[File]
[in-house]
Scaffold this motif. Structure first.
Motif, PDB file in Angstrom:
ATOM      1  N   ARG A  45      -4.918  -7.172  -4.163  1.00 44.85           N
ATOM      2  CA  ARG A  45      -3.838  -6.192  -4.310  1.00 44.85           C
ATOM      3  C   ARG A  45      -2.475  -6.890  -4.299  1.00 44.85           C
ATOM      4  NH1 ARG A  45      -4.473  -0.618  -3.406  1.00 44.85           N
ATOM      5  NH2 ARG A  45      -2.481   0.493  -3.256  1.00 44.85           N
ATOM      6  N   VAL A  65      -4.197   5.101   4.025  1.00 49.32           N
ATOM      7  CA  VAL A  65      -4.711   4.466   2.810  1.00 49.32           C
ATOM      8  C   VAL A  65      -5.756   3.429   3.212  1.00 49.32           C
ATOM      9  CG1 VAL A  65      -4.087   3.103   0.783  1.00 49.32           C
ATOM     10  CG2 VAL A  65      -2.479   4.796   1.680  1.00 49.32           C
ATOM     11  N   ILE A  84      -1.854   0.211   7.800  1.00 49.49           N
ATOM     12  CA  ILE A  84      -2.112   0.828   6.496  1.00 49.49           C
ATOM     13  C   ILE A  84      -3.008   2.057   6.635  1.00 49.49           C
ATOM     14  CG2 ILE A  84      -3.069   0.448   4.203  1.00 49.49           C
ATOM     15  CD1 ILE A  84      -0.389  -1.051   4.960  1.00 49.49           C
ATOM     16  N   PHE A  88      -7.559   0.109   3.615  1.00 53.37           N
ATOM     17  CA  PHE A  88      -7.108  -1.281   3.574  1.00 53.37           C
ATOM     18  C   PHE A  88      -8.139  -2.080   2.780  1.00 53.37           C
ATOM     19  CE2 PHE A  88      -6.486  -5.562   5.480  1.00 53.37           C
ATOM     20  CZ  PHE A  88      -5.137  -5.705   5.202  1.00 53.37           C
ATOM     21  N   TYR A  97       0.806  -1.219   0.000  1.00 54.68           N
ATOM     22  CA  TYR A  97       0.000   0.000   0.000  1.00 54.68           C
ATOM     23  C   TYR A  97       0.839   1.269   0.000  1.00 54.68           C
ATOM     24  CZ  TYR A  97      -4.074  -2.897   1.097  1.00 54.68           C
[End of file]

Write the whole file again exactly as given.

[in-house]
Scaffold this motif. Structure first.
Motif, PDB file in Angstrom:
ATOM      1  N   ARG A  45      -4.918  -7.172  -4.163  1.00 44.85           N
ATOM      2  CA  ARG A  45      -3.838  -6.192  -4.310  1.00 44.85           C
ATOM      3  C   ARG A  45      -2.475  -6.890  -4.299  1.00 44.85           C
ATOM      4  NH1 ARG A  45      -4.473  -0.618  -3.406  1.00 44.85           N
ATOM      5  NH2 ARG A  45      -2.481   0.493  -3.256  1.00 44.85           N
ATOM      6  N   VAL A  65      -4.197   5.101   4.025  1.00 49.32           N
ATOM      7  CA  VAL A  65      -4.711   4.466   2.810  1.00 49.32           C
ATOM      8  C   VAL A  65      -5.756   3.429   3.212  1.00 49.32           C
ATOM      9  CG1 VAL A  65      -4.087   3.103   0.783  1.00 49.32           C
ATOM     10  CG2 VAL A  65      -2.479   4.796   1.680  1.00 49.32           C
ATOM     11  N   ILE A  84      -1.854   0.211   7.800  1.00 49.49           N
ATOM     12  CA  ILE A  84      -2.112   0.828   6.496  1.00 49.49           C
ATOM     13  C   ILE A  84      -3.008   2.057   6.635  1.00 49.49           C
ATOM     14  CG2 ILE A  84      -3.069   0.448   4.203  1.00 49.49           C
ATOM     15  CD1 ILE A  84      -0.389  -1.051   4.960  1.00 49.49           C
ATOM     16  N   PHE A  88      -7.559   0.109   3.615  1.00 53.37           N
ATOM     17  CA  PHE A  88      -7.108  -1.281   3.574  1.00 53.37           C
ATOM     18  C   PHE A  88      -8.139  -2.080   2.780  1.00 53.37           C
ATOM     19  CE2 PHE A  88      -6.486  -5.562   5.480  1.00 53.37           C
ATOM     20  CZ  PHE A  88      -5.137  -5.705   5.202  1.00 53.37           C
ATOM     21  N   TYR A  97       0.806  -1.219   0.000  1.00 54.68           N
ATOM     22  CA  TYR A  97       0.000   0.000   0.000  1.00 54.68           C
ATOM     23  C   TYR A  97       0.839   1.269   0.000  1.00 54.68           C
ATOM     24  CZ  TYR A  97      -4.074  -2.897   1.097  1.00 54.68           C